A break from the Belgian binge write-up to blog about this while I remember.
Most of the cornershops round our way stock a large selection of fairly similar Polish lagers. We blogged about the similarity of the light lagers (usually called “piwo jasne”) in one of our first ever posts.
There are a number of Polish lagers describer as “mocne” or strong, which I’d always assumed were little better than tramp’s brew. This assumption was based partly from bad experiences of Warka Strong on tap in Poland, and partly on the fact that any British lagers with “strong” on the tin are only drunk by gentlemen of the road and bingeing teenagers. But a comment by The Beer Nut a while back, together with positive reviews of Warka Strong on BeerAdvocate, made me think that perhaps I’d been a bit harsh.
So, looking for a lager to go with my chilli, I took the plunge and bought an Okocim Mocne from the offy down the road. Described as “malt liquor” on their website, it’s7%. I was hoping for perhaps an Oktoberfest style beer, or at least a drinkable “doppio malto” like Peroni Gran Reserva.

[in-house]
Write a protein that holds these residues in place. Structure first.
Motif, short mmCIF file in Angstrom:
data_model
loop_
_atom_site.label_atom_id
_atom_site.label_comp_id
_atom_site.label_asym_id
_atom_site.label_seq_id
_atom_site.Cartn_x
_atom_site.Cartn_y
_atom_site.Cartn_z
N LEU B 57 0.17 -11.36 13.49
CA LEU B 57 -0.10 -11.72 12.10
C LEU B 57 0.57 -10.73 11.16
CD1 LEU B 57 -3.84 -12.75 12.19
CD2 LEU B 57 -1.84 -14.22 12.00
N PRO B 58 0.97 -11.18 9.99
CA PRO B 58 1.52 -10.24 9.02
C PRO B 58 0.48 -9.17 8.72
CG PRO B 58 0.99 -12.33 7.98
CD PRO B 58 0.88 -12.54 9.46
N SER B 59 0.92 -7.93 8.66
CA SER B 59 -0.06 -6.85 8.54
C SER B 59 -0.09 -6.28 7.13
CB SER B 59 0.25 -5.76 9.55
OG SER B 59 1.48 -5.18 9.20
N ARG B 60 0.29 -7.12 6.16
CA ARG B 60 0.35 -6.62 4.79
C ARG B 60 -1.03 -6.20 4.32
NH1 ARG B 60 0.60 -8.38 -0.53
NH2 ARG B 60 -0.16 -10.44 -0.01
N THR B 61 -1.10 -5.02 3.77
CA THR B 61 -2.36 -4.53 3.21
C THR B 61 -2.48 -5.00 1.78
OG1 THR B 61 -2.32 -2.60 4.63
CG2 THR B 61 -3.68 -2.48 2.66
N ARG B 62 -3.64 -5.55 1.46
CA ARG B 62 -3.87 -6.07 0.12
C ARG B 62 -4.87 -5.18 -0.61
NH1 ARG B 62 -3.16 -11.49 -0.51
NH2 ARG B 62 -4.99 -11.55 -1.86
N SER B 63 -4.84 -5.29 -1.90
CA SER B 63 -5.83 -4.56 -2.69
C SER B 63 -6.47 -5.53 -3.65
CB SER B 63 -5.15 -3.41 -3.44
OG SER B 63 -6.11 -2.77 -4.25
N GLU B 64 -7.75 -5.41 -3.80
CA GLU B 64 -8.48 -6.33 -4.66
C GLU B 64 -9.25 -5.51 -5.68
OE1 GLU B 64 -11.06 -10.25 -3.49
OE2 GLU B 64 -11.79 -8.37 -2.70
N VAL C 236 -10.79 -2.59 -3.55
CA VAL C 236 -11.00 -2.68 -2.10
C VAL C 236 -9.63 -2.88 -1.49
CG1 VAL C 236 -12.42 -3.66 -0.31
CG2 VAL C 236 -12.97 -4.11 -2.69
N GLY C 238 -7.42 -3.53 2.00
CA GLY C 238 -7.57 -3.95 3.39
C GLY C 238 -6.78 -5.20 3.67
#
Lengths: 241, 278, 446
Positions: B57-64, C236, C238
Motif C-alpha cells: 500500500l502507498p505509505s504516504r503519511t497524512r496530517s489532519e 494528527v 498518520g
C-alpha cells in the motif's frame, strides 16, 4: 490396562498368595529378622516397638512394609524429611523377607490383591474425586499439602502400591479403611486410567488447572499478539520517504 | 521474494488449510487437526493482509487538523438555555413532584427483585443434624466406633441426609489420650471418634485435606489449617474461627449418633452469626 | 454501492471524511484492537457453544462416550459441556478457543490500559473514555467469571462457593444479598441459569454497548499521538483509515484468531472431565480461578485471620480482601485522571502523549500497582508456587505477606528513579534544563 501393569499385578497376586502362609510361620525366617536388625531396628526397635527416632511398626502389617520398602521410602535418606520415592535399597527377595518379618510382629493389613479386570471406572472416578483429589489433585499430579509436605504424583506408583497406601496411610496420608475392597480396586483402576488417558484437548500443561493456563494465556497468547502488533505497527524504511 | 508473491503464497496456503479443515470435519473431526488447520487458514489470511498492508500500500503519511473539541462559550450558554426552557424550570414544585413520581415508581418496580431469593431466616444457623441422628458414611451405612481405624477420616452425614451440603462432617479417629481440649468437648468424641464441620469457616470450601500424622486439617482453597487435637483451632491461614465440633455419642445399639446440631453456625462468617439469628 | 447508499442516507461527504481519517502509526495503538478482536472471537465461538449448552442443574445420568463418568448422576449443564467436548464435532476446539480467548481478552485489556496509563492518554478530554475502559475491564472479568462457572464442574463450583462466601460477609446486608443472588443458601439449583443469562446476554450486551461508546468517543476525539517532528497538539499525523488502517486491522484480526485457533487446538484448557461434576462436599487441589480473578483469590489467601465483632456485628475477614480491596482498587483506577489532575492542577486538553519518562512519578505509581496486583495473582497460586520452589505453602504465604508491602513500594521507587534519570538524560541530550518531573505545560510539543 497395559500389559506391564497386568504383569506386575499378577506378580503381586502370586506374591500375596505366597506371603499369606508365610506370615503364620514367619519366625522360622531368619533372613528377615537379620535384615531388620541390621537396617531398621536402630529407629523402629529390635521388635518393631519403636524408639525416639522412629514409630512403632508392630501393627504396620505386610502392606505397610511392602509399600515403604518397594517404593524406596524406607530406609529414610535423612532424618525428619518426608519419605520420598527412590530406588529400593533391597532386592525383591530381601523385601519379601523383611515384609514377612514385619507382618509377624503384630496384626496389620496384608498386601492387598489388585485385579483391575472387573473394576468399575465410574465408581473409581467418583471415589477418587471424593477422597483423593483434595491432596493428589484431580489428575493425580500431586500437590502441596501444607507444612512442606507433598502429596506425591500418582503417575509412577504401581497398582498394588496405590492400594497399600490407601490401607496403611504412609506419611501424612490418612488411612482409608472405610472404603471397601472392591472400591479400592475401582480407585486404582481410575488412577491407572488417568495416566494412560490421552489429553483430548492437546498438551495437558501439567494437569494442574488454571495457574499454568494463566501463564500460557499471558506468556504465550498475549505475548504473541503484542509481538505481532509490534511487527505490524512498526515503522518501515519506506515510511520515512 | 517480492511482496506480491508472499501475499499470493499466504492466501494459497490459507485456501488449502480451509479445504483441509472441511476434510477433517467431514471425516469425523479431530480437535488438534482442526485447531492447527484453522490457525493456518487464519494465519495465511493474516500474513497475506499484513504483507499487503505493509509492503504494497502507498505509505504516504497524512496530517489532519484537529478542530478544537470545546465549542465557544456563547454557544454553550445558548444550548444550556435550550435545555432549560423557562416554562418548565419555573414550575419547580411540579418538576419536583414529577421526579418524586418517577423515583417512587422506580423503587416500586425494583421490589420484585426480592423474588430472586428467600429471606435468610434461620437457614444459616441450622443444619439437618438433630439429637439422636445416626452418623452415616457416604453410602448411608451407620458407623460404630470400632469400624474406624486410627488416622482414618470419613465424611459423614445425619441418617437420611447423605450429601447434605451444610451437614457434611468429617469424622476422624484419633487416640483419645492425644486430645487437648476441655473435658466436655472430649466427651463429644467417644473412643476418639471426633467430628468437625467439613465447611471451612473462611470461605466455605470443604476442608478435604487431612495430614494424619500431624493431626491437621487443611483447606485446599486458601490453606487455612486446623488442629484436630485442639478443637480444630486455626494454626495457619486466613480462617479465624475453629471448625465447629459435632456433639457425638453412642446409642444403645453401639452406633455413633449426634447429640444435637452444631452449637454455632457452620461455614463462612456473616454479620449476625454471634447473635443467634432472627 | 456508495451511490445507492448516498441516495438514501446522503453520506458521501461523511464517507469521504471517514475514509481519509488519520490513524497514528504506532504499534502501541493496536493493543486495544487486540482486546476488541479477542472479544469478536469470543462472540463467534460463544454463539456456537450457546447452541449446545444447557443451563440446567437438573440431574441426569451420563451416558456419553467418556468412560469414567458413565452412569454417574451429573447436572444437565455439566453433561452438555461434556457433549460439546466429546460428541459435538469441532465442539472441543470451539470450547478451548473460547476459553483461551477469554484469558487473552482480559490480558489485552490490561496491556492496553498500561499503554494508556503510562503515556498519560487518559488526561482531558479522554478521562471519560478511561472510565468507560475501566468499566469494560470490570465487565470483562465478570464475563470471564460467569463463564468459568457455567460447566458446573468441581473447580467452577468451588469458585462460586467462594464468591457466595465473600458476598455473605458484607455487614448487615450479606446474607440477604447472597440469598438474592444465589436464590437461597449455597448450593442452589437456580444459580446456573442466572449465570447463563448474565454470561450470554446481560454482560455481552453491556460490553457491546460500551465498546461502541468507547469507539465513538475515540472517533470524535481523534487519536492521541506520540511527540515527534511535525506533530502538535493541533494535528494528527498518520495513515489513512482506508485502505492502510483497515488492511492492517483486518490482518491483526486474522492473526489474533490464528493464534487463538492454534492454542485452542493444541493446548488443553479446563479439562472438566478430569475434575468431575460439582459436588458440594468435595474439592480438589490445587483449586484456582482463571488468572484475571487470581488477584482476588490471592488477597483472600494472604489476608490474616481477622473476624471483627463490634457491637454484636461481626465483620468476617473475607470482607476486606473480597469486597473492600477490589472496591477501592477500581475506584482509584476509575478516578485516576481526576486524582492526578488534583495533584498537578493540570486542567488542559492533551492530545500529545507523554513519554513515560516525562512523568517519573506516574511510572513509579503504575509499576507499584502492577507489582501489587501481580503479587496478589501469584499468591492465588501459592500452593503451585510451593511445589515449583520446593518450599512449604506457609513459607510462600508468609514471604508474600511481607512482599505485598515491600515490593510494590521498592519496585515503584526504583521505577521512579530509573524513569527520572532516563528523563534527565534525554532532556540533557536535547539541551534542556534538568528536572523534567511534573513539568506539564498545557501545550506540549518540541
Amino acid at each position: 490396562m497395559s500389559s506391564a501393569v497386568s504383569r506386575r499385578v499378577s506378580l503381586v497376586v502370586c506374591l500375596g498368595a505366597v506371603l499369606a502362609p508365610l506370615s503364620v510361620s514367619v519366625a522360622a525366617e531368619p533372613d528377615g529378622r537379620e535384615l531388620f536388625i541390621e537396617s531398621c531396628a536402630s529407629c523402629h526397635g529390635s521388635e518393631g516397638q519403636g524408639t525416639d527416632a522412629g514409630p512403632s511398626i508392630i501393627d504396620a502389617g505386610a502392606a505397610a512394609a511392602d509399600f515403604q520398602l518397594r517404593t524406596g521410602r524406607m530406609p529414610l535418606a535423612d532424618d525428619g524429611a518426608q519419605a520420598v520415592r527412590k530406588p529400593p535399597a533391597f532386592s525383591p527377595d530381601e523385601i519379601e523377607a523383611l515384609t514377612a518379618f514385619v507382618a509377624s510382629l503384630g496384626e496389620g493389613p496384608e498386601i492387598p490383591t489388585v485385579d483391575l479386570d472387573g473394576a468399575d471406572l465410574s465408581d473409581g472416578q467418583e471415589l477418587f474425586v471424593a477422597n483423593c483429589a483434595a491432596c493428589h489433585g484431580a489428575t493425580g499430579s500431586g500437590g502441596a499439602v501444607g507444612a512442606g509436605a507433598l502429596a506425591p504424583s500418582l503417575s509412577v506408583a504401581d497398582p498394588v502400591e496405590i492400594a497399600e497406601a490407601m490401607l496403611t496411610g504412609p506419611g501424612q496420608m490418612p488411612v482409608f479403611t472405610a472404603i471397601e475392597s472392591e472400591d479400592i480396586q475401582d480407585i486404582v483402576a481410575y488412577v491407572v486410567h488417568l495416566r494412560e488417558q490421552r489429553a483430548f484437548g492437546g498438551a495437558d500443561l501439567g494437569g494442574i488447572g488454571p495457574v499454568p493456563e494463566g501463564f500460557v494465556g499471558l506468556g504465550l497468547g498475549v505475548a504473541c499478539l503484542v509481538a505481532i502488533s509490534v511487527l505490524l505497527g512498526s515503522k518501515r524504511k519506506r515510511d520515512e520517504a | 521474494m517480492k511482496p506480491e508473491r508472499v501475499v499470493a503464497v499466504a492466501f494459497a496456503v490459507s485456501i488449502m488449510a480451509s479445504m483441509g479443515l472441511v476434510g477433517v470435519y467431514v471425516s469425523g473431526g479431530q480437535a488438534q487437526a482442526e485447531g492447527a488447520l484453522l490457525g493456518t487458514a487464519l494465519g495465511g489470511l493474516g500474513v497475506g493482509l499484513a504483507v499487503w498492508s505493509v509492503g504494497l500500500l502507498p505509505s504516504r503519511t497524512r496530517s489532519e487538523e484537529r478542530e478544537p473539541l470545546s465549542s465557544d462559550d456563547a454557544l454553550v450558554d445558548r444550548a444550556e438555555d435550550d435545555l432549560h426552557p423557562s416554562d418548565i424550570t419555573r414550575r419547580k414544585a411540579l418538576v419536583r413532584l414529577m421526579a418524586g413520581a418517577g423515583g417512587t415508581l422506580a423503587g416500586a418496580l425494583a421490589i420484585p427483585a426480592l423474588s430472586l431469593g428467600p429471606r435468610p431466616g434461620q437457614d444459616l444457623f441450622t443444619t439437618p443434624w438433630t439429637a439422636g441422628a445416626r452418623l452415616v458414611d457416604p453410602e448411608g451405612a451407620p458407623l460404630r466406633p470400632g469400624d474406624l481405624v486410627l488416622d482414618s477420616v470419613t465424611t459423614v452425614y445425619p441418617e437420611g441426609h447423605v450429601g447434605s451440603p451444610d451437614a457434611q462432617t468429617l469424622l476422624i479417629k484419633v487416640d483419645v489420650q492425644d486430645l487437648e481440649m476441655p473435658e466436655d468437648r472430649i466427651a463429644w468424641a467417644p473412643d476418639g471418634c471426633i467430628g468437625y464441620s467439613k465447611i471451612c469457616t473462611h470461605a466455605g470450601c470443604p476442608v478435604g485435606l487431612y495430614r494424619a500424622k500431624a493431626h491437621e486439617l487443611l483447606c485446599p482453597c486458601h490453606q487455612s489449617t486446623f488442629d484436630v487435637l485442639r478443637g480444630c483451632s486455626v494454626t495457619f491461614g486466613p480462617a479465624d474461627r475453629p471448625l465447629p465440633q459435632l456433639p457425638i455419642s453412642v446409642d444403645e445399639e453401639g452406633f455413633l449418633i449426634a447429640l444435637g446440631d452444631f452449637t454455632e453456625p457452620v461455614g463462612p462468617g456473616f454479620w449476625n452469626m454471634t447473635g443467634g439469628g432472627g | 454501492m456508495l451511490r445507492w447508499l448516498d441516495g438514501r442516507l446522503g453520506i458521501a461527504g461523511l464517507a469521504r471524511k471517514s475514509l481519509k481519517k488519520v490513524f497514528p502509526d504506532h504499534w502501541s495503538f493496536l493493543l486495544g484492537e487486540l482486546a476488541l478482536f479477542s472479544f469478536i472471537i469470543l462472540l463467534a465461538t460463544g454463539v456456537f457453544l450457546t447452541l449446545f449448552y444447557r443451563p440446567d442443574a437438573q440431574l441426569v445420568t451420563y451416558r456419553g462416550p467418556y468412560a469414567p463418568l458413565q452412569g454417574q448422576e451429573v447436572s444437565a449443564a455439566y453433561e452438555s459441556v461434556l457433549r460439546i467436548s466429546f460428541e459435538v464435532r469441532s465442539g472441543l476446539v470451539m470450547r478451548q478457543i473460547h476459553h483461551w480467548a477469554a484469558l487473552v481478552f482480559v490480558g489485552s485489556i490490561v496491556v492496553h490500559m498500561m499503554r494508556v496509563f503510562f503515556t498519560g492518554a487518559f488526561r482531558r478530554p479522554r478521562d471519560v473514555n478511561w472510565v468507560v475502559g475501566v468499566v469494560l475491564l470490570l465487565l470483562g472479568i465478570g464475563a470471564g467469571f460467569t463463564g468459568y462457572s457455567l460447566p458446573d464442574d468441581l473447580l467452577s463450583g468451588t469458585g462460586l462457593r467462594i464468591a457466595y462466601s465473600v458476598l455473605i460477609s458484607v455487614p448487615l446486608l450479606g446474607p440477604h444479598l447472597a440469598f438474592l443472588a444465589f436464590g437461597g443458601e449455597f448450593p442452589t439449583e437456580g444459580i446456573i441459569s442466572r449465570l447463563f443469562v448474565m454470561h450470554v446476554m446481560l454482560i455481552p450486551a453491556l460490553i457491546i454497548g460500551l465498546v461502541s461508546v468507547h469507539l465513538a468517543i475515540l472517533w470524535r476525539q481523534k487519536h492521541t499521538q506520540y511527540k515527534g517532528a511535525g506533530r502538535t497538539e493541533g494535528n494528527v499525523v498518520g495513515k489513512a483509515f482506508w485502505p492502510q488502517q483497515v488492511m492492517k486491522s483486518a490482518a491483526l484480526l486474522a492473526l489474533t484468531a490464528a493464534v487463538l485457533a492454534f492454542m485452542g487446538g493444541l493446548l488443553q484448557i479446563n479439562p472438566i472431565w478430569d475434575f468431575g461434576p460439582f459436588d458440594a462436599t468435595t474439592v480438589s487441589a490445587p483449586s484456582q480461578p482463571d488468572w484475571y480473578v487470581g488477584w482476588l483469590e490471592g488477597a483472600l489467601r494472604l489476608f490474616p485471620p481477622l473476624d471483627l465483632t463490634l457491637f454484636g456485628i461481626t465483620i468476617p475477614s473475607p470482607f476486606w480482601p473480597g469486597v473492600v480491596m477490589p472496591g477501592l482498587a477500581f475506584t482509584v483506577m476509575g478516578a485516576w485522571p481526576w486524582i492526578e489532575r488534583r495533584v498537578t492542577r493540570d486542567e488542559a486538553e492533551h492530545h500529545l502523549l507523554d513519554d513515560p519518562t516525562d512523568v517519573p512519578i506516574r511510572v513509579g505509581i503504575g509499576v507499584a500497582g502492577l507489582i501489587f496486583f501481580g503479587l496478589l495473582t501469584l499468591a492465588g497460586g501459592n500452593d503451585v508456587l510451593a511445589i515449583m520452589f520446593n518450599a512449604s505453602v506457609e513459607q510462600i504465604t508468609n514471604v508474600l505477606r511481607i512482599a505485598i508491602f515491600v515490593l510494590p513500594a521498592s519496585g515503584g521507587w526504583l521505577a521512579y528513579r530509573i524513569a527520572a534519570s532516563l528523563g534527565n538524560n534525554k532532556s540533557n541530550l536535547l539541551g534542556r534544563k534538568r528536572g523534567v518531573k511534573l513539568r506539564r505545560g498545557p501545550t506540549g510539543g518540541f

Initial aroma was promising – appley and slightly hoppy. Unfortunately the taste and body were very disappointing. It’s a very thin beer, not what you’d expect for this strength. And the only flavour I could detect was sweetness. No hops or anything else to note. It wasn’t even particularly refreshing.
It’s not revolting, but I can’t imagine a situation where I’d drink it again. Most cornershops stocking this also stock Lithuanian Svyturys, which is a better bet for cheap, convenient lager. And if I want to drink to drown my sorrows, I’ll do as the Polish tramps do and go for wodka instead.
However, if you do spot Okocim Palone, or the even rarer Porter, snap them up. In fact, does anyone know if the Porter is even still in production? I haven’t seen it for years, but the Okocim website seems to suggest it is.